Sunday, July 25, 2010

World Datacenter Storage at 1 ZB

Heard on the BBC World Service:
"The world is drowning in a sea of data. Facebook users alone are uploading more than a thousand photos a second. We're now seeing an exponential explosion of information. So how much information are we really storing?"

There are really two parts to this segment: a backgrounder and an interview. In the first part, the presenter makes the following statements:
  • FB users 1000 pix/sec
  • Digital data stored in the world last year increased by 60%
  • 1 ZB (zettabyte) == 250 billion full movies [Note: 1 ZB == 1000 exabytes]
  • By 2020 world storage will need 35 ZB
The interview is with Matthew Yeager of Computacenter UK LTD, who makes the following claims with regard to data storage and GHG (greenhouse gases) emissions:
  • Cameras, movies, etc. are driving storage requirements
  • YouTube gets uploaded with 24 hrs of vid/min
  • GHG for sending an email attachment of 4.7 MB == 17.5 electric-kettle boils
  • DCs have reached parity with airlines in GHG emissions
  • Google placed its DCs near energy sources, anticipating future gov't tax for energy transport
These claims are nothing if not provocative. Although it's not clear to me how some of the numbers are arrived at, I found similar remarks on Yeager's blog. I also found some additional background info for comparison:
  • Airlines GHG emissions ~ 500 million metric tons/yr
  • According to PBS Roughscience, a standard kitchen kettle takes about 2000 Watts of electrical power. Thus, 17.5 × 2 kW = 35 kW. But that's power (P), not energy (E = P×T) over time period T. If it takes about 10 mins to boil a kettle then, 2 kW / 6 = 0.33 kWh per boil.
  • If a typical British kitchen kettle is assumed to hold 1.5 liters, that's about 6.34 US coffee cups, according to Google convert. According to General Electric, brewing 3 pots of coffee (6 cups) requires 1 kWh of energy. So, 1 brew (or 1 kettle boil) takes about 0.33 kWh, which seems consistent.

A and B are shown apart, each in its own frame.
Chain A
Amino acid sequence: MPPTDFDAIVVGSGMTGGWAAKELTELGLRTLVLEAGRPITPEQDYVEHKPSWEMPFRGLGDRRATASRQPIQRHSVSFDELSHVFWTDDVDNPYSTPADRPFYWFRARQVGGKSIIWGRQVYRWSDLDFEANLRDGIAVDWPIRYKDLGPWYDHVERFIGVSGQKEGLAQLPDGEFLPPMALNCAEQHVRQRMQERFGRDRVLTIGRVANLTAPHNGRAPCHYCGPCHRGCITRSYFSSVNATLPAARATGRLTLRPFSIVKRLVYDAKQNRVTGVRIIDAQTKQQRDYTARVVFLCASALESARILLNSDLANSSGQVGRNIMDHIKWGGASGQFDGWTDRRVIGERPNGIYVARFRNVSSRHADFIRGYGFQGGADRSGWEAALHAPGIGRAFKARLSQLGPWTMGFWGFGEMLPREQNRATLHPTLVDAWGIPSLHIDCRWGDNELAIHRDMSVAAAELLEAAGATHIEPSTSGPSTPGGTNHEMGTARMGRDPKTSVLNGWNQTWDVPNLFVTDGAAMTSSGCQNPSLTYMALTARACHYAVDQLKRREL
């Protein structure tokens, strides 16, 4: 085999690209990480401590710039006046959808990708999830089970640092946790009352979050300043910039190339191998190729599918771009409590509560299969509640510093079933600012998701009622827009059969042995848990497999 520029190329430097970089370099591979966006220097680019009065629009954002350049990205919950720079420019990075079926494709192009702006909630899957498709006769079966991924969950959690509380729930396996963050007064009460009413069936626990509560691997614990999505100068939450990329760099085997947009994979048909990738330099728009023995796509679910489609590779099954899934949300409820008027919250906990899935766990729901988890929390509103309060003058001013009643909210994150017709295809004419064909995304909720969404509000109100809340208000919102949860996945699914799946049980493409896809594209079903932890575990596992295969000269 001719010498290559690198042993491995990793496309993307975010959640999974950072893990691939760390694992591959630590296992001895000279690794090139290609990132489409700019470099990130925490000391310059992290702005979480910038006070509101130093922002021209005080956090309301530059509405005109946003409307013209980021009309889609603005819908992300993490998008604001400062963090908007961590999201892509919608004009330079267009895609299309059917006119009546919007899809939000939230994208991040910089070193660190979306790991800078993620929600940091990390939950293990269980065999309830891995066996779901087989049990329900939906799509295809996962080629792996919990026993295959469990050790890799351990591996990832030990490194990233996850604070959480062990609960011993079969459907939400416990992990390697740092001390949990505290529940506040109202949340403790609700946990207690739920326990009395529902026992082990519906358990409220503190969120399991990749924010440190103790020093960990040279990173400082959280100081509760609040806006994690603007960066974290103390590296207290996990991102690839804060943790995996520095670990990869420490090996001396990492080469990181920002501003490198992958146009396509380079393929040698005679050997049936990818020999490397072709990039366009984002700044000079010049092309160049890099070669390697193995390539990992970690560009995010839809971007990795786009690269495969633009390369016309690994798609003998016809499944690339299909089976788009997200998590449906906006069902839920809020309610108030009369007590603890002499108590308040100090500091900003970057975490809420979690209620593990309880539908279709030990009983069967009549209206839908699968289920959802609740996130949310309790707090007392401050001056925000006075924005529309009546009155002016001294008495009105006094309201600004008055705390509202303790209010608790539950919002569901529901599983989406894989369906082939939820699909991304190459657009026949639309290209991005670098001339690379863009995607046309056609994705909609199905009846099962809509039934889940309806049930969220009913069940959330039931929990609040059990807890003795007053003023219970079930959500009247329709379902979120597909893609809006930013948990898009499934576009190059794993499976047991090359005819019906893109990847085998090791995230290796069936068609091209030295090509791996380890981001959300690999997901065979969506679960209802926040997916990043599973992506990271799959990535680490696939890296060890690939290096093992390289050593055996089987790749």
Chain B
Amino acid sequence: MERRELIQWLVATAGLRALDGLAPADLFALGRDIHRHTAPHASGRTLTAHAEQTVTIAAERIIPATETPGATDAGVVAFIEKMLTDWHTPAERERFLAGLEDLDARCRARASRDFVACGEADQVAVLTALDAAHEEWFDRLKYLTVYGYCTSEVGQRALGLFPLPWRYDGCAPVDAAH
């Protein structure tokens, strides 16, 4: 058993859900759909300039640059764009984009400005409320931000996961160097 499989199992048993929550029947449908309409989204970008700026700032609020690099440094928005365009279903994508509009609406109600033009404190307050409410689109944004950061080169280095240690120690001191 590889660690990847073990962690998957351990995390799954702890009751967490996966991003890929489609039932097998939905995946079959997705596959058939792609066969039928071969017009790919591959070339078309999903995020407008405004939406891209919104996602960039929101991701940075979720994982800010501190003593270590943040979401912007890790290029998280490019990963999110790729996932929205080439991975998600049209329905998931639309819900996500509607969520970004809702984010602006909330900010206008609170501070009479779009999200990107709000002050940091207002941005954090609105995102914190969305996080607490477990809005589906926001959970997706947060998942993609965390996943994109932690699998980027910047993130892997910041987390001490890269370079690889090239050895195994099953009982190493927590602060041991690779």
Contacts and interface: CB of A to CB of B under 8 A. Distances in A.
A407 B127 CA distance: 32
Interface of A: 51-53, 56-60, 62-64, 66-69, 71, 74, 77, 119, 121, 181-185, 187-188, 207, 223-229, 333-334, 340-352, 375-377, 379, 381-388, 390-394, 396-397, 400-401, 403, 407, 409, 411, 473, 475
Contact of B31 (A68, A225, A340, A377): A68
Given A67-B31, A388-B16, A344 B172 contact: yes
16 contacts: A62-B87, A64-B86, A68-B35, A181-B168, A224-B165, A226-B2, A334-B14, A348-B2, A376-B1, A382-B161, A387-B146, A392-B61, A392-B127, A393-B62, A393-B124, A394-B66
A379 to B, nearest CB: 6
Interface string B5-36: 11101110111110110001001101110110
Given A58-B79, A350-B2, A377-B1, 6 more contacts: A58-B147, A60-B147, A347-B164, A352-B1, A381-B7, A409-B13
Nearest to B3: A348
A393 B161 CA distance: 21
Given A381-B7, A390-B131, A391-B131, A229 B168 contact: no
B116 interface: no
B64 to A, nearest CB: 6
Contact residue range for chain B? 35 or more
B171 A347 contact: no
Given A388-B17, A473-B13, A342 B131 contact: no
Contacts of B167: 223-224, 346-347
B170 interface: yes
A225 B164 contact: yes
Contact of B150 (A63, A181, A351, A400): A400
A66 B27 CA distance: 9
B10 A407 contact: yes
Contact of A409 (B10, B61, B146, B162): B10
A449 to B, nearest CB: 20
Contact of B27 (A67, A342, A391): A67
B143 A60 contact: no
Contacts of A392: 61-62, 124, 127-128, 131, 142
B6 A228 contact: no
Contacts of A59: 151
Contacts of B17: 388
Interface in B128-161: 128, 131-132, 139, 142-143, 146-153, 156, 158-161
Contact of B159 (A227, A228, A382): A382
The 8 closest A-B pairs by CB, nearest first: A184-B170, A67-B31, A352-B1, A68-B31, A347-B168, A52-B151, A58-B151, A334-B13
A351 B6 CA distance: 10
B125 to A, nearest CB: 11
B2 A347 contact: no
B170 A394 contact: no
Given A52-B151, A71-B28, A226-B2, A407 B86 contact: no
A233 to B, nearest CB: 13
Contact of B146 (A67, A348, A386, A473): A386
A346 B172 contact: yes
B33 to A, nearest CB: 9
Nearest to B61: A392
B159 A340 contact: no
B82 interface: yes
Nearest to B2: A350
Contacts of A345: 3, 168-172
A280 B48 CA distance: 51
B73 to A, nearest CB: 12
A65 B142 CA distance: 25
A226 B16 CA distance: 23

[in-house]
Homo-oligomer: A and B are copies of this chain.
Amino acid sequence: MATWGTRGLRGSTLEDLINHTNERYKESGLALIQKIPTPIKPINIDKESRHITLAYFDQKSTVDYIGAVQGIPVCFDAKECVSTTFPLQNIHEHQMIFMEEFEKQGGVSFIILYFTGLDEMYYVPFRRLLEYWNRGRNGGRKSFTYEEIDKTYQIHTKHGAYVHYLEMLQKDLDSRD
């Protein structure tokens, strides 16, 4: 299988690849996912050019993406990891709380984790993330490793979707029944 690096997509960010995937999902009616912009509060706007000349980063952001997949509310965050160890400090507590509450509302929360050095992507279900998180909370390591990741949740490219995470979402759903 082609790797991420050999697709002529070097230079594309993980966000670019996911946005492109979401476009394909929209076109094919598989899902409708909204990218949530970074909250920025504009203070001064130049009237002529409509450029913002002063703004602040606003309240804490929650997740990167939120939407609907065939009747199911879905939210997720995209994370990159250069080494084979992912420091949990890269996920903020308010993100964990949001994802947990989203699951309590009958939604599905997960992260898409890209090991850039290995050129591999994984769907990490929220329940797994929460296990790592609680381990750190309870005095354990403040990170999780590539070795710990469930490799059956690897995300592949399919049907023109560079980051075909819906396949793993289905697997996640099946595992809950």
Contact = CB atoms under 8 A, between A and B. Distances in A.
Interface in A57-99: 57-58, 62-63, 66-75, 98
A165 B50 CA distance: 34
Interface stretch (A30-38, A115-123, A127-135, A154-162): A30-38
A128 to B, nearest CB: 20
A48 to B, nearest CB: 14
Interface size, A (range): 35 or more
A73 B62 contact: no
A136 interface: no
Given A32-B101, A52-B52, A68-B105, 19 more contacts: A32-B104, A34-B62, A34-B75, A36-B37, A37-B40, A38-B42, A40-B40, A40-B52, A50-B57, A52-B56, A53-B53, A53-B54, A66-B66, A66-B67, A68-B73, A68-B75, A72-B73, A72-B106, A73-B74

• How much energy does it take to store an email? The claimed 35 kW per email in the BBC piece must combine: client processing + network routing + server processing (e.g., anti-spam) + storage.
Other things not mentioned by Yeager include:
  • Energy consumed by or GHGs due to spam. According to Mcafee, in 2008, spam email alone was responsible for consuming as much as 33 billion kWh—enough to power 2.4 million homes with electricity. Mcafee might be a little bit biased. :)
  • And don't forget spiders
I will continue to contemplate all this, but your comments are also welcome in the meantime.


Chen Shapira said...

I would say much of the discussion is meaningless without discussing trade-offs.

What if those photos uploaded to facebook are all photos not being developed and printed? Does printing photos cause less pollution than storing them in a data center?

What if those non-printed photos are also photos that are not being air-mailed to grandma because grandma watches the grandkids in you-tube and skype? Do we save energy on not sending photos by airmail?

We have less photo albums, so we need less space storing memory in our homes - maybe it saves on air-conditioning energy?

The argument that the more advanced our technology the more energy we use is compelling, but is it true? Does the world as a whole uses more energy every year or do things balance out?

Neil Gunther said...

Richard McDougall tweeted: "Agrees with data I put together recently, media dwarfs legacy"